Feelings of depression are relative

An interesting study from Warwick University in the UK  shows that people’s perception of their own level of depression—or anxiety—are relative to those expressed by people around them or of what they perceive is going on in the wider world. This can lead to inaccurate diagnosis and inappropriate treatments.… [read more]

Envy and jealousy at work

A fascinating study published today shows that women are more prone to intrasexual (i.e. aimed at members of the same sex) jealousy and envy than men. Women were more jealous of other women’s attractiveness and envious of another woman’s position or power.… [read more]

Think back to decide now

One of the most studied aspects of mental activity is decision-making. What are the processes by which we arrive at particular decisions? We have long been supporters of the view that one of the most important aspects of decision-making was memory.… [read more]

The less email the better

Research published today from the University of California, Irvine, shows that workers without email access work better, are more satisfied with their jobs and hare more engaged than those with constant access to email. The research also showed a significant lessening of the stress hormone cortisol in the systems of the non-email users.… [read more]

Multitasking satisfying but unproductive

People, including many employers, think that, despite all the evidence to the contrary, that multitasking is a sign of greater productivity. A new study published today, by Ohio State University researchers, shows that multitasking is actually rewarding and satisfying even if you’re not achieving much by indulging in it.… [read more]

You don’t need IQ to succeed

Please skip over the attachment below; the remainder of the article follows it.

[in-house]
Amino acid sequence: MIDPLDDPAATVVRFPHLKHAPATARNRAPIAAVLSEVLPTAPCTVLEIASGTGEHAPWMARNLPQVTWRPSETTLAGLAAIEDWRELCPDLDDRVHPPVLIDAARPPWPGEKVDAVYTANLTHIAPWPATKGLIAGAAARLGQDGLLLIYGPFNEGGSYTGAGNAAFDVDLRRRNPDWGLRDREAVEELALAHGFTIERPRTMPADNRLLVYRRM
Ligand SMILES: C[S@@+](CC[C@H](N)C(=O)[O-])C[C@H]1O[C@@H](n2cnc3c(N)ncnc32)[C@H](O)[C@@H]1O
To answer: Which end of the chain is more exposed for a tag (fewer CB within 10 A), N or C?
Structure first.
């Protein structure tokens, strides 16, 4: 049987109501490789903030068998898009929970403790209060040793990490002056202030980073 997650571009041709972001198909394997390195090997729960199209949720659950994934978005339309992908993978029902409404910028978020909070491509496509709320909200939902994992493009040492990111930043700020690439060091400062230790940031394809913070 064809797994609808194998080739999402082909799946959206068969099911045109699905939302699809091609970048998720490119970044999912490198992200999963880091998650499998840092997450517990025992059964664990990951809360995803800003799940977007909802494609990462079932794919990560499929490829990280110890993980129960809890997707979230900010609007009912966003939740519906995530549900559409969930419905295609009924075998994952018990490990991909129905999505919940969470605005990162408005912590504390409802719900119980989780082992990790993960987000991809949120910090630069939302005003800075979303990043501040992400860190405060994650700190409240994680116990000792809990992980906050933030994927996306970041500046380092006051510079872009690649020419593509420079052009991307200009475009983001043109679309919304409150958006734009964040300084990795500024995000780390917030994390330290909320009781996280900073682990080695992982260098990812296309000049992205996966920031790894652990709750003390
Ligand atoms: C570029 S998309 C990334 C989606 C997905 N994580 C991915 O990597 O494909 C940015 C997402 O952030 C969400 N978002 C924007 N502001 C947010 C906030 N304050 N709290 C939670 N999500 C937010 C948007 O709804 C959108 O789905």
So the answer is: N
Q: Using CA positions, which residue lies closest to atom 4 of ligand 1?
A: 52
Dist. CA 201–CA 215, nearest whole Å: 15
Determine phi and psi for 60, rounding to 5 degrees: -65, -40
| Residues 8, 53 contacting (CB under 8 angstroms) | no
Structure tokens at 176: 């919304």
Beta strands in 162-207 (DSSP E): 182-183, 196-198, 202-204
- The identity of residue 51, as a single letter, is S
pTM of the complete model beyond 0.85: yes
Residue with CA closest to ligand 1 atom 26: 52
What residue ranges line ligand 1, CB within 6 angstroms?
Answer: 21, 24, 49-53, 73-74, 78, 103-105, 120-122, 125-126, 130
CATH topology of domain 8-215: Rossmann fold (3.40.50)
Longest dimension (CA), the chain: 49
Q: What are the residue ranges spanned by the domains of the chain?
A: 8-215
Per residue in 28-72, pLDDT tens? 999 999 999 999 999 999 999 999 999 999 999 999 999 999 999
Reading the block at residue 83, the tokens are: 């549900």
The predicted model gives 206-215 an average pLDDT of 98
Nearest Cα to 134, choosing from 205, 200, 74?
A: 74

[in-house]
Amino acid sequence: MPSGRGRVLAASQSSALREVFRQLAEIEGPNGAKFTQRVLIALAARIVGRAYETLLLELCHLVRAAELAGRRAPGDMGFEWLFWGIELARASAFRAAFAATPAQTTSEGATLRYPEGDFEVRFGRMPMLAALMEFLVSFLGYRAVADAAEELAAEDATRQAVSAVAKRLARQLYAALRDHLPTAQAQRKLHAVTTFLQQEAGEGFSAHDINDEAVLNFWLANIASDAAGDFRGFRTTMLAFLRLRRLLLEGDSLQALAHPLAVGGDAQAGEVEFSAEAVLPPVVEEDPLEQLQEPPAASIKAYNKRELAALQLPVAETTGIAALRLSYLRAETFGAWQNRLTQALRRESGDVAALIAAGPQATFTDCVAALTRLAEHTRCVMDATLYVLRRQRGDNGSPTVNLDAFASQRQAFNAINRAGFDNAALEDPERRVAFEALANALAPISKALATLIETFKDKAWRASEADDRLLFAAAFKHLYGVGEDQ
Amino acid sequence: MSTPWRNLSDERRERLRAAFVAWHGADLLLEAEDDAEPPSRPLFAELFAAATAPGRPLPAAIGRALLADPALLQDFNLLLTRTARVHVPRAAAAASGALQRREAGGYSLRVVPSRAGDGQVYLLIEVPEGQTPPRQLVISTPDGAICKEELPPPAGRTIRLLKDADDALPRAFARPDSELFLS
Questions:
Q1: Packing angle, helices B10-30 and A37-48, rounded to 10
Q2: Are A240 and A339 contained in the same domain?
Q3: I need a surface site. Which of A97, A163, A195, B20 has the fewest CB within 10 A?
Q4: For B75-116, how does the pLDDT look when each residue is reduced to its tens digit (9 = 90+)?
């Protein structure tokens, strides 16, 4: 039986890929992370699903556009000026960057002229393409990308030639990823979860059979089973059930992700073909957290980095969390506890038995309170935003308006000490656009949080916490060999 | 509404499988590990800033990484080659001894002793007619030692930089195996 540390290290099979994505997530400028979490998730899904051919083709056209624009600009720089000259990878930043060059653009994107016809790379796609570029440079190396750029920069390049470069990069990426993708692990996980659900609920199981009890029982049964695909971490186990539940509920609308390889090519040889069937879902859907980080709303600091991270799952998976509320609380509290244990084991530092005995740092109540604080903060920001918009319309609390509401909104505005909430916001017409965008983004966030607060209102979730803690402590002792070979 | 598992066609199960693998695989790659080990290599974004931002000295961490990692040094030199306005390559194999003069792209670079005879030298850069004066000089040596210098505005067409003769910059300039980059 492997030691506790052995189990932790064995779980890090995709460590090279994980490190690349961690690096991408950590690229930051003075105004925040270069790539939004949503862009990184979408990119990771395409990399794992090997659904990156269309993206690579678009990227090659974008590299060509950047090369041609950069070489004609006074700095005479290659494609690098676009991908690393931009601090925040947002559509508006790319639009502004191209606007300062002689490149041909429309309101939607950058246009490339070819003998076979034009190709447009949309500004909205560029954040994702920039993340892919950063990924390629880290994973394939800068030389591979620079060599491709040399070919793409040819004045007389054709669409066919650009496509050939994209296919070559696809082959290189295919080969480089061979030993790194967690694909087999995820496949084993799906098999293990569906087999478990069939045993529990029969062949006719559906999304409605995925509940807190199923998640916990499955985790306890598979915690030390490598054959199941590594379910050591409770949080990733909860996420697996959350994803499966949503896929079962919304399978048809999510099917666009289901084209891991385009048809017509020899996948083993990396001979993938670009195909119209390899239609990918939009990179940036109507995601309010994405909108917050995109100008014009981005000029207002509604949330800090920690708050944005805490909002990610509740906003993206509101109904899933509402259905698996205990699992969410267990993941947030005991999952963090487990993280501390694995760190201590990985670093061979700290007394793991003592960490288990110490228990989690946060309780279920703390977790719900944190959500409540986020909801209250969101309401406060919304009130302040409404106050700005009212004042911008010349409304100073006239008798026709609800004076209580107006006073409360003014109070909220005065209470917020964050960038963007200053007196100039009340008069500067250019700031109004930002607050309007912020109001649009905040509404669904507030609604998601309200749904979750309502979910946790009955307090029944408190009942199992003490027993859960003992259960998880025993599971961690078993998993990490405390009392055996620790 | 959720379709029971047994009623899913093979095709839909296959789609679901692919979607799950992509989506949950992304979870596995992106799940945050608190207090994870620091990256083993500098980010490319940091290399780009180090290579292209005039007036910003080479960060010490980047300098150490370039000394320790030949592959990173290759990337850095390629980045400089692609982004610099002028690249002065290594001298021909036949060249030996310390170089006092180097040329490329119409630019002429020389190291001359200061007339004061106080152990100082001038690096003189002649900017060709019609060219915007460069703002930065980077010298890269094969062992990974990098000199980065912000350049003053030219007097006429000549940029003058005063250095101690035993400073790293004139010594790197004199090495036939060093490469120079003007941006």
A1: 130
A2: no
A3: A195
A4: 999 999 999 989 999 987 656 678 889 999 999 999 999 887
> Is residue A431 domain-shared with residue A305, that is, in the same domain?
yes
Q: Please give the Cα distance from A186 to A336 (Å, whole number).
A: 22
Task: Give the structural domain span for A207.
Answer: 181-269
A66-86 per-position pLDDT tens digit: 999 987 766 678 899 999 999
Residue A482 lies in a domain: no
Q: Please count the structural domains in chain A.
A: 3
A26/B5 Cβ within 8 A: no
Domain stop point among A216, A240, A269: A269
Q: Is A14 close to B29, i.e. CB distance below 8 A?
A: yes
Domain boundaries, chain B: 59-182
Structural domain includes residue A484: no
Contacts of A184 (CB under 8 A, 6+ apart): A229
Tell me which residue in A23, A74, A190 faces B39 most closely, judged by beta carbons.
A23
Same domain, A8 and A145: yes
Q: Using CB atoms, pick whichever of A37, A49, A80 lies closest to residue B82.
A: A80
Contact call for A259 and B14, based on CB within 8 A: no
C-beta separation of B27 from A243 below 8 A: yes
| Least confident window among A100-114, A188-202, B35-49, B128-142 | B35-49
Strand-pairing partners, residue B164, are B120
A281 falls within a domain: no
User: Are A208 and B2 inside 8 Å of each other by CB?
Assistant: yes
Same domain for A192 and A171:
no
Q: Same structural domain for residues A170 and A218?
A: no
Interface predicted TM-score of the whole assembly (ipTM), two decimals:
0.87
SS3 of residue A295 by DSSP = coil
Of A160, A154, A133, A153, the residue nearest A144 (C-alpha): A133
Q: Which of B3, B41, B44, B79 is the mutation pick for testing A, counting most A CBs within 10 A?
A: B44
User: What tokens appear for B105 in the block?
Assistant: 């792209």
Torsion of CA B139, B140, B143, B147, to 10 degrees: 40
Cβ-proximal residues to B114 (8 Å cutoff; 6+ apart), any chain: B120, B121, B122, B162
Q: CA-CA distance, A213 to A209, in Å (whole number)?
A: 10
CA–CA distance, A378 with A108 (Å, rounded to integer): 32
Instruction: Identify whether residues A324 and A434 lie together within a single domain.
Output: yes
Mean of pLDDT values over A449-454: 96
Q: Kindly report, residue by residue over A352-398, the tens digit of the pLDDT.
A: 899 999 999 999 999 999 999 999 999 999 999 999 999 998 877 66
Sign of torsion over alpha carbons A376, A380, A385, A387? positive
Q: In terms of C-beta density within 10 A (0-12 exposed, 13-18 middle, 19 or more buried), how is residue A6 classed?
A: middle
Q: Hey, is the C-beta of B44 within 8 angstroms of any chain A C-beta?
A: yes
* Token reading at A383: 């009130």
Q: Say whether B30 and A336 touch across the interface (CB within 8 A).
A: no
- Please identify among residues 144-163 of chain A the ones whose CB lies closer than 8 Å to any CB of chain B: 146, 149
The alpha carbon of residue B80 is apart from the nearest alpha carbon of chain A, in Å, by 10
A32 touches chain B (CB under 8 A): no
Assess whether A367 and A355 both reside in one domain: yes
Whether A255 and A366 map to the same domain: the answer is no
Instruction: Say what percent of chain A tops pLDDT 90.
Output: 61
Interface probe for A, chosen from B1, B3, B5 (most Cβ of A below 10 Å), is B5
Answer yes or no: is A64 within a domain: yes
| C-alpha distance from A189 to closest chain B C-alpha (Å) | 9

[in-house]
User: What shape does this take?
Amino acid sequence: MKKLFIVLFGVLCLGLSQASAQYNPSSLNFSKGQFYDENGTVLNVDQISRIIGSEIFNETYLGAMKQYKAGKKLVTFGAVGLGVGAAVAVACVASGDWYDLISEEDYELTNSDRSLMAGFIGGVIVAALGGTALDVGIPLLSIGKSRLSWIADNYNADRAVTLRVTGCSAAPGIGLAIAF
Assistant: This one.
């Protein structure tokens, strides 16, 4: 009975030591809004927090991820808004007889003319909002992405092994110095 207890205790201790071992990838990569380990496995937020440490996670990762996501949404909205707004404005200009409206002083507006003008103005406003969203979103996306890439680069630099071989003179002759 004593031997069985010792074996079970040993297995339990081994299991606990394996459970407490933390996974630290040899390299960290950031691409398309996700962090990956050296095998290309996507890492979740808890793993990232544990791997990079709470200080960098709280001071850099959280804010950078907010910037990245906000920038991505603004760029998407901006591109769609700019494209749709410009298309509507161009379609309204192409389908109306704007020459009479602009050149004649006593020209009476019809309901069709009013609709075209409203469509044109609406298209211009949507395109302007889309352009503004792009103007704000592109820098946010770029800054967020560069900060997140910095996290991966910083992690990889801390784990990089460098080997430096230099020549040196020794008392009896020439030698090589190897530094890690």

An interesting article in Forbes Magazine outlines research showing that EQ and MQ (moral intelligence) are far more important for business and professional success than IQ. Of course this has been known for some time, and is something that we teach.… [read more]

Gifting for happiness

A study by Harvard researchers published in this month’s Journal of Happiness Studies suggests that one of the things that makes people happiest is buying gifts for other people. We have often told our workshop attendees that there is a positive feedback loop between altruistic acts (and even praise or recognition of others) and happiness and this study reinforces that.… [read more]

Action video games are also good for the brain

An intriguing study by researchers at the University of Toronto published today claims, for the first time, that there is proof that playing action videogames is actually good for increasing visual attention and blocking out distractions. Taking time out to play such games would be good for workers involved in using complicated machinery, delivery and other drivers, and those, such as analysts and brokers, who need to be able to selectively concentrate on complex spreadsheets or stock movements.… [read more]

Engagement is good for the brain

A meta-study published today in Trends in Cognitive Sciences disputes many of the assumptions that have been made regarding aging and the brain. Apparently the keys to keeping a youthful brain well into old age are threefold: social and mental engagement and physical stimulation.… [read more]

Equally unhappy

Research by the OECD shows that the divide between rich and poor is greater now than at any time over the past 30 years.  It has been known for some time that the poor are subject to a number of mental and physical health problems caused by the perceived inequality of the societies they live in.… [read more]